By Leigh Dayton,  4 January 2022

When Cartherics Biomedical Honours student Elizabeth (Liz) Bakaniozos opened an e-mail this month from the Director and CEO of Monash University’s Hudson Institute of Medical Research she was “really surprised and grateful”.

And rightly so. Elizabeth Hartland wrote to advise and congratulate Liz on winning the Hudson Institute Lois Salamonsen Honours Award for 2021. Bakaniozos’ laboratory project with Cartherics focussed on improving natural killer cell immunotherapy by targeting the adenosine signalling pathway.

Cartherics CEO Alan Trounson also complimented Bakaniozos for winning the award, along with her “stellar performance” in the laboratory. “Fantastic effort and now recognised. You should be very proud”, he said.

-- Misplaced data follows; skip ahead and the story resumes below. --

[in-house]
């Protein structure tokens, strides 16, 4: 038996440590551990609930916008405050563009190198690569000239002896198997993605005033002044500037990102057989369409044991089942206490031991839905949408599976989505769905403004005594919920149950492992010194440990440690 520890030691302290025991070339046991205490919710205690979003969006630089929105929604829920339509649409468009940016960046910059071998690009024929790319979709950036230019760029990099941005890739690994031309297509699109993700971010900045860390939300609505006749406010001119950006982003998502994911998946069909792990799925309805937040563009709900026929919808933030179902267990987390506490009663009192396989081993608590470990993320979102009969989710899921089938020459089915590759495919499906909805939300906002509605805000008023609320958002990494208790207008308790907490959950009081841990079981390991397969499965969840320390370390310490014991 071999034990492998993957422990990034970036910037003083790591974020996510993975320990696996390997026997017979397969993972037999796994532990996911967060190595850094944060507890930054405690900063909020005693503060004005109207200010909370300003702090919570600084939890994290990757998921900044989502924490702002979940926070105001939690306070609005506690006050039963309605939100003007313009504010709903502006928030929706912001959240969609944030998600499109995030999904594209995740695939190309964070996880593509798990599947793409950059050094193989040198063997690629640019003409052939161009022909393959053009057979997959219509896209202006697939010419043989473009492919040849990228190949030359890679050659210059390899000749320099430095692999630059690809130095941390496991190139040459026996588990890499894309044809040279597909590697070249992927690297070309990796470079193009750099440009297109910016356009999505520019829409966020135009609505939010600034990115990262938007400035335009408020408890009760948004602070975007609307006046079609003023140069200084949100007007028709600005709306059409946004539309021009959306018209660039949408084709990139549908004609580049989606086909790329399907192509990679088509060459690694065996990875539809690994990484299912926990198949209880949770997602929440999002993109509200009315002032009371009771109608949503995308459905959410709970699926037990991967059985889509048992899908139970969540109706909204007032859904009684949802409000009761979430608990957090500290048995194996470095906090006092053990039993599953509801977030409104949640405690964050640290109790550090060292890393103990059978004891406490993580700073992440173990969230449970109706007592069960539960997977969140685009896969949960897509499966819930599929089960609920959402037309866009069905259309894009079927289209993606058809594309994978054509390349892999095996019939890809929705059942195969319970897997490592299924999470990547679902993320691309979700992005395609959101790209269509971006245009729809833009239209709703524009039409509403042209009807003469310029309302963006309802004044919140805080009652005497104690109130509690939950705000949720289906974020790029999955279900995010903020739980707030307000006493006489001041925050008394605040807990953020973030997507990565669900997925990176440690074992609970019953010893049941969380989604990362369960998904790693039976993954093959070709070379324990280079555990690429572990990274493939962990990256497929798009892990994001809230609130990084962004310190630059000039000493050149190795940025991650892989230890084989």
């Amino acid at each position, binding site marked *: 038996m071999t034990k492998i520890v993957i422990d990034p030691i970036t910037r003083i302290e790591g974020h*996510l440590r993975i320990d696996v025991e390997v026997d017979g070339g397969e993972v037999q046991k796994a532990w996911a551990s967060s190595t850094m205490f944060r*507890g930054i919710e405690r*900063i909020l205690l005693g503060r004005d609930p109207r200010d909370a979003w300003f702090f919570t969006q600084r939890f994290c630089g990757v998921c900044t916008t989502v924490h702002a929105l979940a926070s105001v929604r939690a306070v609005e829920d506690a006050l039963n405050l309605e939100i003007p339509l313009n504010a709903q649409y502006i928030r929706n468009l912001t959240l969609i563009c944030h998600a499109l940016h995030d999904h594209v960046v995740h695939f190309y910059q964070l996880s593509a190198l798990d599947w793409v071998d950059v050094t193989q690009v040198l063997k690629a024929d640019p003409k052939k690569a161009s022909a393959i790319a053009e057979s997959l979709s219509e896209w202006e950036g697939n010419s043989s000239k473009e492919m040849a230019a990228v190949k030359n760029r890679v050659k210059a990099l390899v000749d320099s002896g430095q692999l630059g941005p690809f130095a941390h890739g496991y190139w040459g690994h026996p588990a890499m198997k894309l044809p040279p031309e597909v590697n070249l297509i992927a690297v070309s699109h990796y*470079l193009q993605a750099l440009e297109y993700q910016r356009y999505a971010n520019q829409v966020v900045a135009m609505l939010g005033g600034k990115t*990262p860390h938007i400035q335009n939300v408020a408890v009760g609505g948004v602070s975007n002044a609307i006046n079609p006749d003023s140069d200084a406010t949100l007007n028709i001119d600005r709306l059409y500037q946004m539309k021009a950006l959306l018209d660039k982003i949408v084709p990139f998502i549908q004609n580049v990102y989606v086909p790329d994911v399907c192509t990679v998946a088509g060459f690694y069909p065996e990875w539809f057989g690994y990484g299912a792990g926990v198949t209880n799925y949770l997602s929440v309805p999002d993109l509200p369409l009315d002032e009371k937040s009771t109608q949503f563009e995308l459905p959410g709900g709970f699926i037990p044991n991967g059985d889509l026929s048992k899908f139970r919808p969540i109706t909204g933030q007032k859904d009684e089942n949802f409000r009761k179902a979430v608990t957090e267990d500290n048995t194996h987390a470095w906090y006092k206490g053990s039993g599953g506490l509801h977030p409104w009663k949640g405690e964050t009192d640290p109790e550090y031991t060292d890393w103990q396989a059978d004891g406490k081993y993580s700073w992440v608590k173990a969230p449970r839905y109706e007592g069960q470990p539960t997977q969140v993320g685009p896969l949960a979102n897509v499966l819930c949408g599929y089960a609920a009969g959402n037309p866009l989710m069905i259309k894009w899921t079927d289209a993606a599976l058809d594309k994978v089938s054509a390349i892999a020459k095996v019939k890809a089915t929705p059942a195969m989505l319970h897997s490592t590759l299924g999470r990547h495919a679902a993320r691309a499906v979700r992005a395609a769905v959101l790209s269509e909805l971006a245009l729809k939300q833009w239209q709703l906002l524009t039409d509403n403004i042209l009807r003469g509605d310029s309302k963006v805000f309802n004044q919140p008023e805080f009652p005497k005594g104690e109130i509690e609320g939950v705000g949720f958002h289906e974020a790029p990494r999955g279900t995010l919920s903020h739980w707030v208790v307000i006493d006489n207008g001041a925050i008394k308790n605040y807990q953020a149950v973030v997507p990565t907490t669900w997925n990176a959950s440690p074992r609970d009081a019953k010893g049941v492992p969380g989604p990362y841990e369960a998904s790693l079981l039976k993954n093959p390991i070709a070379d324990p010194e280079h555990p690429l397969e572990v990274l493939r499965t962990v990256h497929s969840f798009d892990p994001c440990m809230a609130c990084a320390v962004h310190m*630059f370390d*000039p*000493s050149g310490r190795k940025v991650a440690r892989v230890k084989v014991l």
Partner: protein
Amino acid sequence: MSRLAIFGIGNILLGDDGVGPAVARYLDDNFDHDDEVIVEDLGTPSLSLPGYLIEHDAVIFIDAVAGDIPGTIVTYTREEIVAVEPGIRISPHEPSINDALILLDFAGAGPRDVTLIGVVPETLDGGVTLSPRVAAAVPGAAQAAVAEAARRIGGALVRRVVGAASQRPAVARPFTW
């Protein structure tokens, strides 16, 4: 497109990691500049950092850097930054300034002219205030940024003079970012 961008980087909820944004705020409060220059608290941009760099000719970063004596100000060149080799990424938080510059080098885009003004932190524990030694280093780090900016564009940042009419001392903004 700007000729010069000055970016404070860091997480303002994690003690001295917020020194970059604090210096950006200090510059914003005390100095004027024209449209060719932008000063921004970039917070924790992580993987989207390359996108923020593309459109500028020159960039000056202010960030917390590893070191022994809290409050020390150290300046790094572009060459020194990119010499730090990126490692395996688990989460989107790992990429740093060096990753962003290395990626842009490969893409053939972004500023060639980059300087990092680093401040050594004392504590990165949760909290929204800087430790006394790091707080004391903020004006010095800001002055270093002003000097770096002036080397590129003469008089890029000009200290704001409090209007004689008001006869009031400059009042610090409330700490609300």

Not only did Bakaniozos win the award, and a $200 prize, she won the inaugural award. It was established not only to honour reproductive endocrinologist Salamonsen, but to recognise outstanding Honours students like Bakaniozos. The award was based on her course work and Honours thesis, as well as her laboratory work.

Hartland also congratulated Bakaniozos’ Cartherics supervisors – Education Officer Graham Jenkin, Chief Translation Officer Walid Azar and Chief Development Officer Richard Boyd. It was a sentiment Bakaniozos shares: “The honours year was such a challenging year and I could not have achieved anything without the help and guidance of my supervisors and the Cartherics team”.

Bakaniozos discovered immunology in the second year of her Biomedical science degree. “I remember learning about therapies such as vaccines, CAR-T therapies, monoclonal antibodies and being fascinated by how it all worked,” she says, noting the potential for future cancer treatments….and a future career path.